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Russias Crimean Political Prisoners: Rustem Vaitov

09.08.16 | Halya Coynash

Rustem Vaitov, a recognized political prisoner, is facing a 10-year sentence in a trial which Russia is using as part of its policy of intimidation and terror in occupied Crimea

Crimean Tatar Rustem Vaitov turned 30 on July 26. It was his second birthday in captivity, first in Russian-occupied Crimea, now in Rostov where he and three other Crimean Muslims are facing long sentences on concocted charges. All four men have been recognized by the authoritative Memorial Human Rights Centre as political prisoners. None expects justice from a Russian court, and there are sadly grounds for such pessimism.

Rustem is an ecologist by profession, but was working as a builder. According to journalist Anton Naumlyuk who met with his family in Orlinoye, near Sevastopol, the young man was involved in human rights work.

His wife Aliye Padosheva was expecting their first child in January 2015 when her husband was arrested.

Naumlyuk and a friend took a video of all the four mens families and managed, despite obstruction from a court guard, to show it to them during a break in the court proceedings. This would have been one of the only times Vaitov has seen his infant daughter.

The conditions in Rostov are marginally better than those in the Crimean SIZO or remand prison, but still very bad. The Ukrainian consul has been attending all hearings, but has thus far, in breach of international law, been refused permission to see the men who all remain Ukrainian nationals.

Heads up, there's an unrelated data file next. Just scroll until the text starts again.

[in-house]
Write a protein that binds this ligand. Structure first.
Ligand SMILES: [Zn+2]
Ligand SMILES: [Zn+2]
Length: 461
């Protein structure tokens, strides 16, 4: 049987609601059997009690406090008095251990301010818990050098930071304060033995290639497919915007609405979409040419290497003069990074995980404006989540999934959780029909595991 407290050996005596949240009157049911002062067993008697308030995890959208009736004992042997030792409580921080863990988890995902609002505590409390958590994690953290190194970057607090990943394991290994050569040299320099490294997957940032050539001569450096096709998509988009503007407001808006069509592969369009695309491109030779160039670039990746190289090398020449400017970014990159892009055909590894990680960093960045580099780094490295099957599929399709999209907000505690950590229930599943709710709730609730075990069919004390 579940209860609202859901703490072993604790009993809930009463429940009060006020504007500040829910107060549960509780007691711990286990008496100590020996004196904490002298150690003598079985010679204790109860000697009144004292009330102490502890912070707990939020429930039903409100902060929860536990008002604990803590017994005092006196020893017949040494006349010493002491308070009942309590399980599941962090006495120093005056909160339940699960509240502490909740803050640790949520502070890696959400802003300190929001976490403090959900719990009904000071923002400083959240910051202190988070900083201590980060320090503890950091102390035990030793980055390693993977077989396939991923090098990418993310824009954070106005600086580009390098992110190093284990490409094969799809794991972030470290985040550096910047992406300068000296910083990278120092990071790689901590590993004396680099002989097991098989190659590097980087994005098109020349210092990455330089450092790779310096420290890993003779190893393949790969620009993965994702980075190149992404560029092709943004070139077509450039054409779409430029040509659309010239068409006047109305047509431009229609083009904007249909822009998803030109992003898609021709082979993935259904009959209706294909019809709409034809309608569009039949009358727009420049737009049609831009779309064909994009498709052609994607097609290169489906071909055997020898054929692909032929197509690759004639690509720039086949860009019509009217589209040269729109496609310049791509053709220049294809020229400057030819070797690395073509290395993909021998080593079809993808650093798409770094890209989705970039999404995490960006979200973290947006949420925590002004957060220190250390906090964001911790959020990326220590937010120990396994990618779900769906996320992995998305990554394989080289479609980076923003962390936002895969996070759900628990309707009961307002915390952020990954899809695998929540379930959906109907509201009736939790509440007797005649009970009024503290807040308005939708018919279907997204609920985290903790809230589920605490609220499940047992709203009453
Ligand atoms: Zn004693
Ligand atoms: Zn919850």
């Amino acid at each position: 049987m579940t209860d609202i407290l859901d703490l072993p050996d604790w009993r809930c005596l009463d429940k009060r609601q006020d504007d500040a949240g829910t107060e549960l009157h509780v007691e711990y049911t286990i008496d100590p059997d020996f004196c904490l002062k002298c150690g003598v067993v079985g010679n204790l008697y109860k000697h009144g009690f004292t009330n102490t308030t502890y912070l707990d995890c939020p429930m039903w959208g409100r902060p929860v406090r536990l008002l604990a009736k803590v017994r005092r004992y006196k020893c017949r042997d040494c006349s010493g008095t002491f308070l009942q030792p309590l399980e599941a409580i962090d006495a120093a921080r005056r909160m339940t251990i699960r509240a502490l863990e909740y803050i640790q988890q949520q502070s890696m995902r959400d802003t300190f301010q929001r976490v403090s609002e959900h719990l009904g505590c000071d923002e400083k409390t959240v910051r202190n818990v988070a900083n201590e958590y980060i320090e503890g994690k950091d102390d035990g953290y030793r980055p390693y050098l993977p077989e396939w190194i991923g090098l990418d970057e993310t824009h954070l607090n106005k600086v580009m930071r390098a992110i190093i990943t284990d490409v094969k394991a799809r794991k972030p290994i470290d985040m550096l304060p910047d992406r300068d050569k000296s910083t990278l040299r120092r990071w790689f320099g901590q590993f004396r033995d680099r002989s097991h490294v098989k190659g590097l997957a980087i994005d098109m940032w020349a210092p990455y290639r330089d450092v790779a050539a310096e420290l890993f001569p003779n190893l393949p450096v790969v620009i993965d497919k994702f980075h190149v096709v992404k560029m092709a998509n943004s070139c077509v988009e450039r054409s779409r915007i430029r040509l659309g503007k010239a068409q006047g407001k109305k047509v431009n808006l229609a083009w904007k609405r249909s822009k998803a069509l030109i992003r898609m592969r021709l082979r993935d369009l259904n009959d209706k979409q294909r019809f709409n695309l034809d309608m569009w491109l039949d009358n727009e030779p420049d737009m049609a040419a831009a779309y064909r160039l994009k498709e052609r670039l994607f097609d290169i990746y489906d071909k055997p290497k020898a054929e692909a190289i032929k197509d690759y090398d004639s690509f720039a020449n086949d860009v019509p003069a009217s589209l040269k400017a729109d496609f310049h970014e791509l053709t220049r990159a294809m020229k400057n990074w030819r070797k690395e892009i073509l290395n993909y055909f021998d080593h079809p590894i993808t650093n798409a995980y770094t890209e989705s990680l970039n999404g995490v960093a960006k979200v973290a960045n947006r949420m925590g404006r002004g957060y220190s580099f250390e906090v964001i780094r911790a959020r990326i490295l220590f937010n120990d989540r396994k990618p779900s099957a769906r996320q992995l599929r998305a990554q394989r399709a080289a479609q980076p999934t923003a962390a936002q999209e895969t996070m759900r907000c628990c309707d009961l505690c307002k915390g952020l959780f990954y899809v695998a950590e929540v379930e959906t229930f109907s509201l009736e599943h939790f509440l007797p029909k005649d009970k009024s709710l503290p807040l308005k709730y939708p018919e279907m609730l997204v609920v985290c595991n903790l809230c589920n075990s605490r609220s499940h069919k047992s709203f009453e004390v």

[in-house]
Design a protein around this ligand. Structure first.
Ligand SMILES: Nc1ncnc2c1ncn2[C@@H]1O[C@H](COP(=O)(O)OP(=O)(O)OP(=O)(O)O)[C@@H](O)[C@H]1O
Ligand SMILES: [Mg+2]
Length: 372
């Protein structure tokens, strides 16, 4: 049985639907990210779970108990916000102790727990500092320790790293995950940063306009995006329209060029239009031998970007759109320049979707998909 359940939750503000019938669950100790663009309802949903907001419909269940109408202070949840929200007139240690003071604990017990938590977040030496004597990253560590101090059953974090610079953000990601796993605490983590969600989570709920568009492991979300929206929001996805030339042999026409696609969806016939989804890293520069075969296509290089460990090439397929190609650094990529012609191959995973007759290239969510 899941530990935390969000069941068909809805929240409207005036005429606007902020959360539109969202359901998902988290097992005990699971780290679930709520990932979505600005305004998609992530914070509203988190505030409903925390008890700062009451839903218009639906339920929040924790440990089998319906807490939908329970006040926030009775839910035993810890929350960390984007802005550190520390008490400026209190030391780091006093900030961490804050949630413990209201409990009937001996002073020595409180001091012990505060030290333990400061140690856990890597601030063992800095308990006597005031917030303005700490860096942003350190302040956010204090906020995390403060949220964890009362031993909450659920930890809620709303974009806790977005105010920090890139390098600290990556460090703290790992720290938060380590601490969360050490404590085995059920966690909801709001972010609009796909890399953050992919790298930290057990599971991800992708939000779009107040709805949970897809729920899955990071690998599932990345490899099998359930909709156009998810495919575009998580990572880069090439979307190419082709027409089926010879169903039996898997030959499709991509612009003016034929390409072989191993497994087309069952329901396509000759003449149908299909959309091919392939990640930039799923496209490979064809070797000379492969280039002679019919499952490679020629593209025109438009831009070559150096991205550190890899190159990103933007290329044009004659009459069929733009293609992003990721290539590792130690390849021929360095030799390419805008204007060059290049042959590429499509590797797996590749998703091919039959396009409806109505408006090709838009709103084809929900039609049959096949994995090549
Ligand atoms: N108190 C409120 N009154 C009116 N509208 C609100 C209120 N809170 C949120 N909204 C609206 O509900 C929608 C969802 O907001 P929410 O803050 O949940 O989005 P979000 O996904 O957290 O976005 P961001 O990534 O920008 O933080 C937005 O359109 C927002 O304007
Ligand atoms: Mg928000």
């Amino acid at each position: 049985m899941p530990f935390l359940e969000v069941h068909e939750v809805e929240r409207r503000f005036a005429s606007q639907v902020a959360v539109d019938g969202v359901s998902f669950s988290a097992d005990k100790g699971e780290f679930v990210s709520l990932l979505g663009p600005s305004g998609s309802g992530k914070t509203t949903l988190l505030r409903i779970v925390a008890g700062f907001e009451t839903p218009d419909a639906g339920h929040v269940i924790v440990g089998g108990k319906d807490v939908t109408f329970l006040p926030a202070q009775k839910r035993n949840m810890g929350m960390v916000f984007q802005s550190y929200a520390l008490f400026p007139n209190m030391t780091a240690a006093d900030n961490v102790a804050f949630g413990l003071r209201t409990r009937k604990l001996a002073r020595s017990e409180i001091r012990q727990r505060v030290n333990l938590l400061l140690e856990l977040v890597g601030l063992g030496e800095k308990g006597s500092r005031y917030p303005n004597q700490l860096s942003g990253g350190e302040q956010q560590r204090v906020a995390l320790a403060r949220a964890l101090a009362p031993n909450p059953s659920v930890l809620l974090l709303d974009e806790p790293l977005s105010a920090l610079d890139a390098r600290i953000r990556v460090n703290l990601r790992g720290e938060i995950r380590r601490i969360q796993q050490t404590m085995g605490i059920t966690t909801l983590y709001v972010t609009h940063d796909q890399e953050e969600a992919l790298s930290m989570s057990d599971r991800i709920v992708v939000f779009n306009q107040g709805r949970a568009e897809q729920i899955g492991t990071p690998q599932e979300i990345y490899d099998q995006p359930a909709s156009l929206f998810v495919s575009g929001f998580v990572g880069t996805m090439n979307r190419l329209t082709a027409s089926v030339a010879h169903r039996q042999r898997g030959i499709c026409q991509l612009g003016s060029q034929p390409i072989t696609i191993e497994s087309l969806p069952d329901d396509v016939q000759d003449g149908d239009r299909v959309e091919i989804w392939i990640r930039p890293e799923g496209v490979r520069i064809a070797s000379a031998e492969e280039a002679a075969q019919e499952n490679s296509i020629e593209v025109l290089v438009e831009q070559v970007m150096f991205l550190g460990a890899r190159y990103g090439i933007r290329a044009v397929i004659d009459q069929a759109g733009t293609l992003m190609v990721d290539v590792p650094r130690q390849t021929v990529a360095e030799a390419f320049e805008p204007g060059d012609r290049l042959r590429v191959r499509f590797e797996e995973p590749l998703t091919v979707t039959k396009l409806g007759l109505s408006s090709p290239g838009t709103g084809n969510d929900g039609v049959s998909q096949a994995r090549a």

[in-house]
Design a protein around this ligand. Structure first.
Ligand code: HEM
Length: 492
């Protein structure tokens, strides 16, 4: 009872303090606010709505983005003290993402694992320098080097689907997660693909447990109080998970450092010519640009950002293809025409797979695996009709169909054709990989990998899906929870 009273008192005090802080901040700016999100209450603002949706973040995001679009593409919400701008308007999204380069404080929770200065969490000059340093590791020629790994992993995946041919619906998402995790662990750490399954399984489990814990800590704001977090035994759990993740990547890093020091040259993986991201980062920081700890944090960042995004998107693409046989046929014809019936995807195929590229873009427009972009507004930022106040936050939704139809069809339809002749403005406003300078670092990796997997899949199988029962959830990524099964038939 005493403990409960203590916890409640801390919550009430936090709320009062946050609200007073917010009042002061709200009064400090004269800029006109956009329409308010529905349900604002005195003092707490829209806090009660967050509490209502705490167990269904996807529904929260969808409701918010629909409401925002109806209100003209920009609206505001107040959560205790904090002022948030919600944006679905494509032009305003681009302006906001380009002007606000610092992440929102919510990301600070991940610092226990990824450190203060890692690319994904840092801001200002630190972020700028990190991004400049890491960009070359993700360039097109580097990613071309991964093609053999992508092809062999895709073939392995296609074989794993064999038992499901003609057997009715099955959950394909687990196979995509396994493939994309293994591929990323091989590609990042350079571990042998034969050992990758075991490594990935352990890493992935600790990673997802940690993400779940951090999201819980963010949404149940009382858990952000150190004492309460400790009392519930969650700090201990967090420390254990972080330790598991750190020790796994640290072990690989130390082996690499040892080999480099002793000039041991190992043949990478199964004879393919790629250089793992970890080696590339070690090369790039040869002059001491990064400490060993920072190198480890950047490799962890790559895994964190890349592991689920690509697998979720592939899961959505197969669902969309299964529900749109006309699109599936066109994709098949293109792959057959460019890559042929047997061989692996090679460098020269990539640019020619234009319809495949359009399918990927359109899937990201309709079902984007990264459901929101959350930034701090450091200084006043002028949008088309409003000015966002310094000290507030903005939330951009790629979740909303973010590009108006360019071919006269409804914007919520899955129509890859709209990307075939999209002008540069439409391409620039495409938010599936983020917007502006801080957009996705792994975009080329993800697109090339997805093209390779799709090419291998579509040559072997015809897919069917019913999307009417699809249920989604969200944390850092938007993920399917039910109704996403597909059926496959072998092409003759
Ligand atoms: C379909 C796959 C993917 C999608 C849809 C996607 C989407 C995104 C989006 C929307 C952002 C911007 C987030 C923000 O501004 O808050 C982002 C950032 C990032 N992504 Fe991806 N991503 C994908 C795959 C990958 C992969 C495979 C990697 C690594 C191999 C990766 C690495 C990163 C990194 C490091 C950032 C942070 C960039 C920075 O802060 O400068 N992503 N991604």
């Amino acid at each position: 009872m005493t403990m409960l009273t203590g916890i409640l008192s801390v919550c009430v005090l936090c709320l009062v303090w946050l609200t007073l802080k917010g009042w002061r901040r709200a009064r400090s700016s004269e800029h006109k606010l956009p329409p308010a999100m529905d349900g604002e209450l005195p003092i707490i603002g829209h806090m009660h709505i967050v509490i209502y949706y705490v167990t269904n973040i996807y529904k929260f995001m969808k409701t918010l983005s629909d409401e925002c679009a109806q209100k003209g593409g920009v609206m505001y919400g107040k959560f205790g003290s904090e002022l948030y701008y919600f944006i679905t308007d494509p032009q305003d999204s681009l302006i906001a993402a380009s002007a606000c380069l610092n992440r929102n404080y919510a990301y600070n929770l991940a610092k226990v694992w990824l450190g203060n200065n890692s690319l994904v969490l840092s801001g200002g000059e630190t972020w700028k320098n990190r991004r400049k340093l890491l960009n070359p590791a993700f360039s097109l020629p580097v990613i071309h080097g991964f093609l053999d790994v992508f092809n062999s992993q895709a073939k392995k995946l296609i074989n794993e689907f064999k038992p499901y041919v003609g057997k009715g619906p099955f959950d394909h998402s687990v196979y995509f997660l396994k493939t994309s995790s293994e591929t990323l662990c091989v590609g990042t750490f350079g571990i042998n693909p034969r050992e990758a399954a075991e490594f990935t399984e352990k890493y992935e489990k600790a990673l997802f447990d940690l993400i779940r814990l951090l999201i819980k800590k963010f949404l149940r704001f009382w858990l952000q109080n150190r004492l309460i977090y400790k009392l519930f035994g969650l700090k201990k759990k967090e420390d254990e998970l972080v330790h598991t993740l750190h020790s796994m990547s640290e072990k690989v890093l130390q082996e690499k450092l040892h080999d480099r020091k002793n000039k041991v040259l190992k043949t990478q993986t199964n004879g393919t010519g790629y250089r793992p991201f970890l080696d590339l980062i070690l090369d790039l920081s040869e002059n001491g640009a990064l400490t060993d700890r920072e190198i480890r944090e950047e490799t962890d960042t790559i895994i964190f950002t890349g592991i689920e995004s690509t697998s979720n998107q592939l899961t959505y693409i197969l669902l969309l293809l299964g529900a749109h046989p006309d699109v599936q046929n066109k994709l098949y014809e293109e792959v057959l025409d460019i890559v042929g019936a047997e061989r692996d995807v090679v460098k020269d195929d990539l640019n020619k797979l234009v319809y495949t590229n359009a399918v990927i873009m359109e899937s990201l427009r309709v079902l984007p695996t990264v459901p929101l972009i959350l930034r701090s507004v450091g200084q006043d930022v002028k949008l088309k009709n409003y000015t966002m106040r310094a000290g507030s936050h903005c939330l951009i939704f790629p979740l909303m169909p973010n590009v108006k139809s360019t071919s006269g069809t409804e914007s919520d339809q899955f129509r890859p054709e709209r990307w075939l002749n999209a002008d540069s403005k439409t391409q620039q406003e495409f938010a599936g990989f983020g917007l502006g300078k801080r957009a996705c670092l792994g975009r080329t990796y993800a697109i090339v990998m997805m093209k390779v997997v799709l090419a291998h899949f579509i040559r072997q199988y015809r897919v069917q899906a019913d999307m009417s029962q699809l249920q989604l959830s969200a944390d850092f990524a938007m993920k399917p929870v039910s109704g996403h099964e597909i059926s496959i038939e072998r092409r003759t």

Rustem Vaitov is facing a 10-year sentence.

There is no evidence that he was involved, as alleged, in the Hizb-ut-Tahrir organization, which is legal in Ukraine and most countries.

Russia has never provided any reasonable explanation for declaring an organization which is not known to have committed or advocated terrorist acts anywhere in the world.

Vaitov, Zeitullayev, Primov and Saifullayev have been declared political prisoners by the renowned Memorial Human Rights Centre.

Please see and share (brief) information about the case here:

Terror on a Conveyor Belt in Russian-occupied Crimea


Letters or postcards need to be in Russian, and should not contain any discussion of the cases or politics generally.

If it is a problem to write in Russian, even copy-pasting the following will send an important message to the men themselves and to Russia that they are not forgotten.


, , .


[Hello, I wish you good health, courage and patience and hope that you will soon be released. You are not forgotten.

Address (just copy-paste the address, with the name and year of birth of the person you are writing to).

Rustem Vaitov

344010, , . --, . , 219 -1

, 1986 . .

Ruslan Zeitullayev

344010, , --, . , 219 -1.

, , 1985 ..

Nuri Primov

344010, , --, . , 219 -1.


Ferat Saifullayev

344010, , --, . , 219 -1.

, , 1983 . .

see also:
Russias Crimean Political Prisoners - Ferat Saifullayev
Terror on a Conveyor Belt in Russian-occupied Crimea
Jailed Crimean human rights activist isolated as dangerous prisoner
Russia warned it is occupying Crimea, must stop persecuting Crimean Muslims
When Abduction Turns to FSB Search in Russian-occupied Crimea
Russian FSB jails Crimean Muslims, then terrorizes their children
Terrorist charges to silence Crimean Tatar Human Rights Activist
Crimea is not a closed subject, Putin. Its an open wound.
Russias Conveyor Belt of Repression in Occupied Crimea
Crimean Muslims face 15-year Sentences for Invented Terrorism
A Voice in Europe for the Crimean Tatars as Unrelenting Terror Continues